There’s something about London’s abandoned structures that fills people with a kind of macabre delight. Above ground the city moves so quickly, with property being so expensive, that decaying buildings are most often quickly torn down and replaced with a more modern façade. But underground, there is not the same necessity.
There are a handful of disused tube stops. TFL maintains a list of old stations and lines that are no longer in use. But for the most part, these are inaccessible, and the only aspect people can see are the street level entrances, unchanged, but gated without entry.
Beneath central London, snaking from Paddington to Whitechapel, there is another underground network entirely independent of the London Underground. The Post Office Railway, known as Mail Rail since 1987, was a system that transported post between various sorting offices.
A much needed solution for bad traffic problems
If you think the central London traffic is bad now, rewind over to a century ago and it would have been horrendous. Most of the traffic was horse drawn, with little planning on flows or indeed traffic lights. Delivering information at the street level would have been slow and tedious.
In 1911 a plan was conceived, based on an existing system that had been built in Chicago, to dig an underground railway to make postal delivery more efficient. Work began in 1915 but like many infrastructure projects, labour and resource shortages caused by World War One put the plan on hold. Work restarted in the 1920s and the track laying began in 1924. By Christmas 1927 the railway was used to deliver parcel post, with letter carrying beginning in February of the following year.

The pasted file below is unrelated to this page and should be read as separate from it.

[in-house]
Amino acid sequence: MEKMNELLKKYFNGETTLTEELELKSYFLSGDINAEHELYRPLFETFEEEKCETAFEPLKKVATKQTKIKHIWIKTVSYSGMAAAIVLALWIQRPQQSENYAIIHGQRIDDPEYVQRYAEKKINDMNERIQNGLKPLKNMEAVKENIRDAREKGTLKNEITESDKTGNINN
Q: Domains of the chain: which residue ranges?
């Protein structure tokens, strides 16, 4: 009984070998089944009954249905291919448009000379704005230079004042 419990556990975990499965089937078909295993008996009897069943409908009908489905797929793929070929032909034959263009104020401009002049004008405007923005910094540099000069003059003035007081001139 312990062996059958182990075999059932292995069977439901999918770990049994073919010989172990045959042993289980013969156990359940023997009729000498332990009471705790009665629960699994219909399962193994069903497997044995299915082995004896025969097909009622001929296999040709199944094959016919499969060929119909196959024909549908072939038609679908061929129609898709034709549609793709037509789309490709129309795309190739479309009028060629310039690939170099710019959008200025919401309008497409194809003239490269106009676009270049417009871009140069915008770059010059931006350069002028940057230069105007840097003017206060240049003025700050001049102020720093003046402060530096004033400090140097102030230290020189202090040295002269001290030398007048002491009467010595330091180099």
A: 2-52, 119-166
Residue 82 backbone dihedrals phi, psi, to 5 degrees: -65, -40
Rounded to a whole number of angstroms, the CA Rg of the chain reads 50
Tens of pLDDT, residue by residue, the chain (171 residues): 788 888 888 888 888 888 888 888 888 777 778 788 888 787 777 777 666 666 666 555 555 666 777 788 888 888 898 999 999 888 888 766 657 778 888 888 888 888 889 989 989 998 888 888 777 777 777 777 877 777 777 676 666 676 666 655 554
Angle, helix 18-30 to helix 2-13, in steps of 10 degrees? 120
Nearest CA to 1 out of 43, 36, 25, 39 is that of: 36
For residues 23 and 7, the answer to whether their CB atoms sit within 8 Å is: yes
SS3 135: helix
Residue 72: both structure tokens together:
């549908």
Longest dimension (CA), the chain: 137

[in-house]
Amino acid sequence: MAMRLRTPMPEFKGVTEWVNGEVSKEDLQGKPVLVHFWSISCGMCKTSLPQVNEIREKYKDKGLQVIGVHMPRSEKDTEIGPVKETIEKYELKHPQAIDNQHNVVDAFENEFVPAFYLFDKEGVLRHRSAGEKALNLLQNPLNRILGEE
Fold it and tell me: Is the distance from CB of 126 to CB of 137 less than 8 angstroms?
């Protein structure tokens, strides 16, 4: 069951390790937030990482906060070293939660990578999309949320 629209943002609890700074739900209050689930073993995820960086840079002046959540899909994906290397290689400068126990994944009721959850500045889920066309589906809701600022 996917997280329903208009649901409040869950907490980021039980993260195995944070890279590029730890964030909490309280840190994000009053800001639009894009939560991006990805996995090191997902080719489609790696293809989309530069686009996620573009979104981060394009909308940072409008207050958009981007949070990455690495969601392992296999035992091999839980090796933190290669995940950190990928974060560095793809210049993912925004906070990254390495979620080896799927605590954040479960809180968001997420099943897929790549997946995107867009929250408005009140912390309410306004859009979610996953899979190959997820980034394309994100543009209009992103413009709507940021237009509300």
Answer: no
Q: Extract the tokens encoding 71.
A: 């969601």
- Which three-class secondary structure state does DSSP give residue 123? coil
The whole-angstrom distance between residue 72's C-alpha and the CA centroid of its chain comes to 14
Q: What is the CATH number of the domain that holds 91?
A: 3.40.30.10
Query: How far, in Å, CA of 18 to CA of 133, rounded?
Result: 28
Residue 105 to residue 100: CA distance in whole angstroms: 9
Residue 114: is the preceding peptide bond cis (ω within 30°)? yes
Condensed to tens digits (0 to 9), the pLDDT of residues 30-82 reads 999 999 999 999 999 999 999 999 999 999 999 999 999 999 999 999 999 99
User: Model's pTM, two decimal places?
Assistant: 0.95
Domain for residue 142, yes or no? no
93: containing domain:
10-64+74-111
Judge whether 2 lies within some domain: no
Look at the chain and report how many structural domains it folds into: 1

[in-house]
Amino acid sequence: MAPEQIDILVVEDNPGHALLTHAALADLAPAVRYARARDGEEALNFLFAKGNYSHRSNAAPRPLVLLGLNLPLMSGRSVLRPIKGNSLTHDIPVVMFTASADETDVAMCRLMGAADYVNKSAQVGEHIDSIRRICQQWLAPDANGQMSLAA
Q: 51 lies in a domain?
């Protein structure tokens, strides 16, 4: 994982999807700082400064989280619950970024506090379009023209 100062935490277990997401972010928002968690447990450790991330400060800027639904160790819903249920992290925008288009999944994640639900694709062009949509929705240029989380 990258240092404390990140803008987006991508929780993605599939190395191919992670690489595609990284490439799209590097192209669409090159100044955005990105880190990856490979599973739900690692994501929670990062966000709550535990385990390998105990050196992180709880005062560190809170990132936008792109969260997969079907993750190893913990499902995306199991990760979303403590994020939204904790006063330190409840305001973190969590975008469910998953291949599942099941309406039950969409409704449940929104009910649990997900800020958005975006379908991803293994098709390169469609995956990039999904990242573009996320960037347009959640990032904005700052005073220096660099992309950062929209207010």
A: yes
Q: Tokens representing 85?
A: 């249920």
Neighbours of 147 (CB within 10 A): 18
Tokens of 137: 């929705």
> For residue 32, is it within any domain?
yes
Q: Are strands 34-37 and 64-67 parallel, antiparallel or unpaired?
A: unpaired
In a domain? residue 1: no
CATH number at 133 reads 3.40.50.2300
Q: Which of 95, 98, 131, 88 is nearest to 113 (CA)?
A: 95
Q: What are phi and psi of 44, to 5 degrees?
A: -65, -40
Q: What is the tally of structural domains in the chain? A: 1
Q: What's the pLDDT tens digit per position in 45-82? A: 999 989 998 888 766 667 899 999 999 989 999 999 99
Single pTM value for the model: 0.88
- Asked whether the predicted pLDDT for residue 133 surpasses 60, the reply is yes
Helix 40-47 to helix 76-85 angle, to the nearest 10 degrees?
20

The system was highly innovative for its time, using driverless electric trains, and was one of only two such major urban projects ever constructed. Mail coursed through the network for 22 hours every day.
But road traffic and above ground postal delivery became much more efficient as the 20th century progressed. With the arrival of email in the 1990s, the network fell into redundancy. In 2003, after 76 years of operating, the network was finally closed.
Much of what is left is indeed completely as it was on the final day. Inaccessible and abandoned offices are flowing with outdated administrative junk. One of the walls is still said to be adorned with a poster of Thierry Henry in an Arsenal shirt, and the network was closed just before that famous London side came to be known as ‘The Invincibles’.
Through the eerie tunnels stalactite-like drips of minerals cascade from the low ceilings. On the platforms, walls are covered in a film of dust and grime. Disused trains sit where they finally stopped.
The Mail Rail Museum
Since 2017, part of the network is accessible via The Postal Museum’s Mail Rail exhibit. A looping train journey can be taken through the tunnels, and over 200,000 people have been through the network since it opened.
This Autumn, visitors will get exclusive access to the original tunnels, tracks and station platforms of London’s 100-year-old postal railway, letting them explore parts of the railway on foot that aren’t accessible on The Postal Museum’s Mail Rail ride. Expert guides will provide in-depth insight into one of the city’s best-kept secrets out of hours and the chance to explore a unique subterranean environment.
If you’re into your urban abandonment (and it’s clear from social media that many people are), then Mail Rail is well worth a visit. You can book tickets on the Postal Museum’s website.